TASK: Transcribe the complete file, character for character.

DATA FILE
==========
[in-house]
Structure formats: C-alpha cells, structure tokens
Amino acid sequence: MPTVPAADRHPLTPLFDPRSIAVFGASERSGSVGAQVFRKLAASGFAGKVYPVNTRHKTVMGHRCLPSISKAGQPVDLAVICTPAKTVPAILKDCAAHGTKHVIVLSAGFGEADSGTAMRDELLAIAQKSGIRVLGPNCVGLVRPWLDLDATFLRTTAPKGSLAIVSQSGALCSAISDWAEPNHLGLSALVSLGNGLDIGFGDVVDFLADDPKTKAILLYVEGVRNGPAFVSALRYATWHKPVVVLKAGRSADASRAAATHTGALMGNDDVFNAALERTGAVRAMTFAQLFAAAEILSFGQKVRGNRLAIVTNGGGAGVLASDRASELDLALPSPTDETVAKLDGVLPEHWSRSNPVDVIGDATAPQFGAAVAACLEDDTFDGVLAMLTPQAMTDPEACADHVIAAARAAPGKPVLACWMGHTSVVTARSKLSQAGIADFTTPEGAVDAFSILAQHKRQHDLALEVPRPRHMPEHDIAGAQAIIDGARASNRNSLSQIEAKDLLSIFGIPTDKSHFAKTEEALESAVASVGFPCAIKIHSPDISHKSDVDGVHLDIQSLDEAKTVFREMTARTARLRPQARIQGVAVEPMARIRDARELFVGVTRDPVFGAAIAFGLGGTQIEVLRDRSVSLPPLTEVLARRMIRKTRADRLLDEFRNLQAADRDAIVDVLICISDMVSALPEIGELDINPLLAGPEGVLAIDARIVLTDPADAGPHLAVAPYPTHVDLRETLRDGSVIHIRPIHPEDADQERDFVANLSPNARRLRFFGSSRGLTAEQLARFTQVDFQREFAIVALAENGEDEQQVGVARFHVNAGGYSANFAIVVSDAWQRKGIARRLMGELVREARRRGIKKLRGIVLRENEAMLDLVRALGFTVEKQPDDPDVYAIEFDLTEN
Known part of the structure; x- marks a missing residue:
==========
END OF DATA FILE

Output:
[in-house]
Structure formats: C-alpha cells, structure tokens
Amino acid sequence: MPTVPAADRHPLTPLFDPRSIAVFGASERSGSVGAQVFRKLAASGFAGKVYPVNTRHKTVMGHRCLPSISKAGQPVDLAVICTPAKTVPAILKDCAAHGTKHVIVLSAGFGEADSGTAMRDELLAIAQKSGIRVLGPNCVGLVRPWLDLDATFLRTTAPKGSLAIVSQSGALCSAISDWAEPNHLGLSALVSLGNGLDIGFGDVVDFLADDPKTKAILLYVEGVRNGPAFVSALRYATWHKPVVVLKAGRSADASRAAATHTGALMGNDDVFNAALERTGAVRAMTFAQLFAAAEILSFGQKVRGNRLAIVTNGGGAGVLASDRASELDLALPSPTDETVAKLDGVLPEHWSRSNPVDVIGDATAPQFGAAVAACLEDDTFDGVLAMLTPQAMTDPEACADHVIAAARAAPGKPVLACWMGHTSVVTARSKLSQAGIADFTTPEGAVDAFSILAQHKRQHDLALEVPRPRHMPEHDIAGAQAIIDGARASNRNSLSQIEAKDLLSIFGIPTDKSHFAKTEEALESAVASVGFPCAIKIHSPDISHKSDVDGVHLDIQSLDEAKTVFREMTARTARLRPQARIQGVAVEPMARIRDARELFVGVTRDPVFGAAIAFGLGGTQIEVLRDRSVSLPPLTEVLARRMIRKTRADRLLDEFRNLQAADRDAIVDVLICISDMVSALPEIGELDINPLLAGPEGVLAIDARIVLTDPADAGPHLAVAPYPTHVDLRETLRDGSVIHIRPIHPEDADQERDFVANLSPNARRLRFFGSSRGLTAEQLARFTQVDFQREFAIVALAENGEDEQQVGVARFHVNAGGYSANFAIVVSDAWQRKGIARRLMGELVREARRRGIKKLRGIVLRENEAMLDLVRALGFTVEKQPDDPDVYAIEFDLTEN
Known part of the structure; x- marks a missing residue: